Publication Date

5-2018

Advisor(s)

Sumarsam; Mark Slobin

Department

Music

Abstract

In this dissertation, I discuss Muslim women’s Acehnese dance and music practices in three Indonesian cities. I explore how the functions, meanings, and purposes of these practices transform as they engage with each city’s unique sociocultural, religious, political, and economic landscape. In Banda Aceh, the capital of Aceh province where Acehnese performing arts originate, dance and music were originally practiced as hiburan, entertainment for the practitioners themselves. However, this changed drastically in the post-Tsunami period (post-2004) due to the reopening of society as a result of the end of violent conflict against the central government (1978–2004). Today, Acehnese arts practitioners generally perform dance and music as a form of cultural expression.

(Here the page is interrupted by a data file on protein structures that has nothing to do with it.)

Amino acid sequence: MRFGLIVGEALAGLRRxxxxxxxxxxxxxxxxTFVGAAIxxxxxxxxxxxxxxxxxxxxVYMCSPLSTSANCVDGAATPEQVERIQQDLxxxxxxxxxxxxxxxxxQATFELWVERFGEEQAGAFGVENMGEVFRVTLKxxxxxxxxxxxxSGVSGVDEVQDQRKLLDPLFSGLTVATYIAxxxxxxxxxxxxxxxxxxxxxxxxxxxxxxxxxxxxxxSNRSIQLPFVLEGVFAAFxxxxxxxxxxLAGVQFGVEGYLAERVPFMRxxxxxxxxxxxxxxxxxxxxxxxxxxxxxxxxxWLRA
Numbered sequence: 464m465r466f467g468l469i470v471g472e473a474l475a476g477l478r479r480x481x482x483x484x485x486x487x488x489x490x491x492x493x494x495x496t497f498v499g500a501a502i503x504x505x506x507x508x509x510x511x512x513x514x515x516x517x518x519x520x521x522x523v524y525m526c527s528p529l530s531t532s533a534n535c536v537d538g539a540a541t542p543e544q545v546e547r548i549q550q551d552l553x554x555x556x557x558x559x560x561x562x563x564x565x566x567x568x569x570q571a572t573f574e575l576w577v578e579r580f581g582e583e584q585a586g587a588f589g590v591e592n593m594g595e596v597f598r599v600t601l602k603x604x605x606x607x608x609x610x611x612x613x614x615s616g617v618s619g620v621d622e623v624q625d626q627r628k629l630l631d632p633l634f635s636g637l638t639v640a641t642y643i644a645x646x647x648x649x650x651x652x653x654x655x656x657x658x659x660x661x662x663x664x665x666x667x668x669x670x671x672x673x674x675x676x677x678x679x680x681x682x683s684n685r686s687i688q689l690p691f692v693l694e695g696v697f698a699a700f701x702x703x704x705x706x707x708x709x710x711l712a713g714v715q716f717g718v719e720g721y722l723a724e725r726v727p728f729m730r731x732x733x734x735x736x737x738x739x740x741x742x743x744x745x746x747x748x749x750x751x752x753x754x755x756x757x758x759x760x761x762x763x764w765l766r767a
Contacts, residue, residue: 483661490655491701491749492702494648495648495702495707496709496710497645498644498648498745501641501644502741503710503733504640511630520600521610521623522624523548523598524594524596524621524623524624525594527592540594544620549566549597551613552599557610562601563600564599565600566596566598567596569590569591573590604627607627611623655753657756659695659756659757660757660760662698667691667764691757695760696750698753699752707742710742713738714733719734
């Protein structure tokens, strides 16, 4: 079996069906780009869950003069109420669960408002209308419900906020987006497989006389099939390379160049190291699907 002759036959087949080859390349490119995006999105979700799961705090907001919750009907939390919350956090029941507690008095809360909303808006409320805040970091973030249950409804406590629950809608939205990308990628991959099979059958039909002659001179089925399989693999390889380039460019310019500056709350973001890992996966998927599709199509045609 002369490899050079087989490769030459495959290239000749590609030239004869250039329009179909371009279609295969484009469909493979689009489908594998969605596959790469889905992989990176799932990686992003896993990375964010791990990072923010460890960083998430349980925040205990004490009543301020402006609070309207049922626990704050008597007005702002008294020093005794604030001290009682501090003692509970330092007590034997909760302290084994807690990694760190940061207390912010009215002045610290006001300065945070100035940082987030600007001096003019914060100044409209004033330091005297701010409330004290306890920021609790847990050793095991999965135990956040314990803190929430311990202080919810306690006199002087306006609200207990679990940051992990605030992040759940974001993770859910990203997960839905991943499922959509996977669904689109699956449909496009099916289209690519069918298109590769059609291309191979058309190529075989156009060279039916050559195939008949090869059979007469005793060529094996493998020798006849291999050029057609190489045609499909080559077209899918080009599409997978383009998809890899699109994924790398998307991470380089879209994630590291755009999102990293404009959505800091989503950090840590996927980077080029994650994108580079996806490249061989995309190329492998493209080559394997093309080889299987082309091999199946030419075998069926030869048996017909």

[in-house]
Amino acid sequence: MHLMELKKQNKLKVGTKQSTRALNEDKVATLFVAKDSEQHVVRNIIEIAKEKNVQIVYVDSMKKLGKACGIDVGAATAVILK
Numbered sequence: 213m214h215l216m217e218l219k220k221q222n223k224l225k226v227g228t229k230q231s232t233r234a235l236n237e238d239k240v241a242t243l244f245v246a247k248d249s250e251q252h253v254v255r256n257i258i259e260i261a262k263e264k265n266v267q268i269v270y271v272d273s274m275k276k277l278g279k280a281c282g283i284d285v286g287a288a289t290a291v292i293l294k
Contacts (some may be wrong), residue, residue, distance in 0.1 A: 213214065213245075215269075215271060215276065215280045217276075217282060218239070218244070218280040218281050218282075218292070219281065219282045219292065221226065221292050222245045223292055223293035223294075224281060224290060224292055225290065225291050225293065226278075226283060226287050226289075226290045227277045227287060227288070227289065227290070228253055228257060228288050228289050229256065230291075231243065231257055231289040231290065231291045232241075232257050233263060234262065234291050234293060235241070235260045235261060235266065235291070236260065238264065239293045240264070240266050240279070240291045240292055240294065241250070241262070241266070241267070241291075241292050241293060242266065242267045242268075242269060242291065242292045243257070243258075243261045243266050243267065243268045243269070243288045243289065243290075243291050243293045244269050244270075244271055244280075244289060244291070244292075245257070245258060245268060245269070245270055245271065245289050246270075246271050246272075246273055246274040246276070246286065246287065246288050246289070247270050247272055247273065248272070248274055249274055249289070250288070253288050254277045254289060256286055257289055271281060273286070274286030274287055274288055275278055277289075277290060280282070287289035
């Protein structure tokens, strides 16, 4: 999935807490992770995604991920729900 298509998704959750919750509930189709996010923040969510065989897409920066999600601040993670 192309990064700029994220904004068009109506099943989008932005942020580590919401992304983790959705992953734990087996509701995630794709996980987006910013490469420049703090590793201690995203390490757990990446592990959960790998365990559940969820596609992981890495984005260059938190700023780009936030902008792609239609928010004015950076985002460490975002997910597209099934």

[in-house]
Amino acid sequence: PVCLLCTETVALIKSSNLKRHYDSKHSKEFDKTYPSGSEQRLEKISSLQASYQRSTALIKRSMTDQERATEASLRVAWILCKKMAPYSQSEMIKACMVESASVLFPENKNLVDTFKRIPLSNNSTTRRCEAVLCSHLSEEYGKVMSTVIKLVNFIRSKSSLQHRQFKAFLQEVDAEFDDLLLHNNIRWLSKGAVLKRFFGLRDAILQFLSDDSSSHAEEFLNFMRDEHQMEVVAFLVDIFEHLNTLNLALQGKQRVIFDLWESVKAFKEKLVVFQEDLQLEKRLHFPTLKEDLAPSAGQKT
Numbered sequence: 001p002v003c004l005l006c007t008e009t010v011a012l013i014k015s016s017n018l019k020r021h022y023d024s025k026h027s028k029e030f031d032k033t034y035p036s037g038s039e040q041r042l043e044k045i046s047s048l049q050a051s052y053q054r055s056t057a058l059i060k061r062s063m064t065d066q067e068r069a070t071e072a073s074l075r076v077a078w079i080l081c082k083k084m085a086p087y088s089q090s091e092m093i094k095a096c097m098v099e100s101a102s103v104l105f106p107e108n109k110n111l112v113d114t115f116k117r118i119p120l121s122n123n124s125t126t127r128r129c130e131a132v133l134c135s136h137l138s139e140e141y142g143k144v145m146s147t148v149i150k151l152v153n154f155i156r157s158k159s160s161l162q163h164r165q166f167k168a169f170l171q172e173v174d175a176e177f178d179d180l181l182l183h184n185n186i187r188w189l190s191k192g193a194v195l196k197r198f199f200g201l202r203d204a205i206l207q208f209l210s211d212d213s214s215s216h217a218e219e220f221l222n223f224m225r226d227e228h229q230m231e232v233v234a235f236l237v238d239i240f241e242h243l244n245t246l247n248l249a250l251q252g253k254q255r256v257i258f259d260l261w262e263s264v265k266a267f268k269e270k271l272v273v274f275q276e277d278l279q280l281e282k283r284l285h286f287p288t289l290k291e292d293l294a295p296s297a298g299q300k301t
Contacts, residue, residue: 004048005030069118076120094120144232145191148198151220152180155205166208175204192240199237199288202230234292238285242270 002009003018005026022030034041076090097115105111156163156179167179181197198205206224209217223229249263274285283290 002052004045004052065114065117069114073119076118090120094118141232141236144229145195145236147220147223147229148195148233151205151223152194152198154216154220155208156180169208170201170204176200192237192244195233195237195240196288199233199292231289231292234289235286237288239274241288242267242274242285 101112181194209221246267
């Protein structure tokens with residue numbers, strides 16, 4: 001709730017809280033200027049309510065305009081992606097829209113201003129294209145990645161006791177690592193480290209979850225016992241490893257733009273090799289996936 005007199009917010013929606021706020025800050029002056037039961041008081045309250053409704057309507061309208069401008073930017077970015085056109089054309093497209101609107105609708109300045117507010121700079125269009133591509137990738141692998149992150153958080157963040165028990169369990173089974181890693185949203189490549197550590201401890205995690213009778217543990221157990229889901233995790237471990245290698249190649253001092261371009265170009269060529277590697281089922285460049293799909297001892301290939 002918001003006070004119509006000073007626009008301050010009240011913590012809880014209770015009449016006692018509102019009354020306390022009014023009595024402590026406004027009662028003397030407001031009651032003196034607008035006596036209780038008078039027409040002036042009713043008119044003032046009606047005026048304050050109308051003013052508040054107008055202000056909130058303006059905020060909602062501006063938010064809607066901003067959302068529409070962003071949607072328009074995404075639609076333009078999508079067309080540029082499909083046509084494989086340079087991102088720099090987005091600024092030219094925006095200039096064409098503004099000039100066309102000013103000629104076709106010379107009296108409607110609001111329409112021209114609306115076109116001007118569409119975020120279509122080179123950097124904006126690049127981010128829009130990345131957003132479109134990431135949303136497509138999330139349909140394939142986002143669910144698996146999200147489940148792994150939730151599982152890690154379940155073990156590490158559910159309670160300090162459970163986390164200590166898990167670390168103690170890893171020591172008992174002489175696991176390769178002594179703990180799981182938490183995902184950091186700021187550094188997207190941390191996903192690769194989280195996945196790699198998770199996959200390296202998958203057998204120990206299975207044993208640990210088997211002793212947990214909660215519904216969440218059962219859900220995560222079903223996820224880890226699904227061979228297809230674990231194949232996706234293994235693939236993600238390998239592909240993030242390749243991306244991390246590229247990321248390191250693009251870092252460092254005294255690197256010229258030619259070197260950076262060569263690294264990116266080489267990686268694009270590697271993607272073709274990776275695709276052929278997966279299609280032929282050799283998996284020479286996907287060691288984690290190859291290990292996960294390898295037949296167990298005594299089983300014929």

The functions of Acehnese dance and music conferred by ethnically Acehnese people and their society today are transformed when Acehnese dance is practiced by Jakarta’s youth and Yogyakarta’s university students. In Jakarta, the Indonesian capital and center of economics, politics, and commercialism in the nation, Acehnese dance and music among Jakarta’s female high school students has turned into a vehicle to build prestige and family pride, and to participate in youth popular culture. In contrast, in Yogyakarta, Acehnese dance and music’s historical engagement with Islam allows women of marriageable age to continue their involvement with the performing arts, where it may otherwise be challenged. Today, both male and female Yogyanese practitioners identify Acehnese dance and music as an extension of their piety, which brings them closer to Islamic ways of living and reminds them of their Muslim identity as they practice the arts.

Throughout the dissertation, one common theme permeating the practice of Acehnese dance and music in its contemporary context is the recent change in the religious climate in Indonesia and its effects on women’s performing arts. As most practitioners of arts in Aceh identify themselves as devout Muslims, they find creative ways to navigate through these changes so they can continue their engagement with the arts while upholding their Muslim faith.

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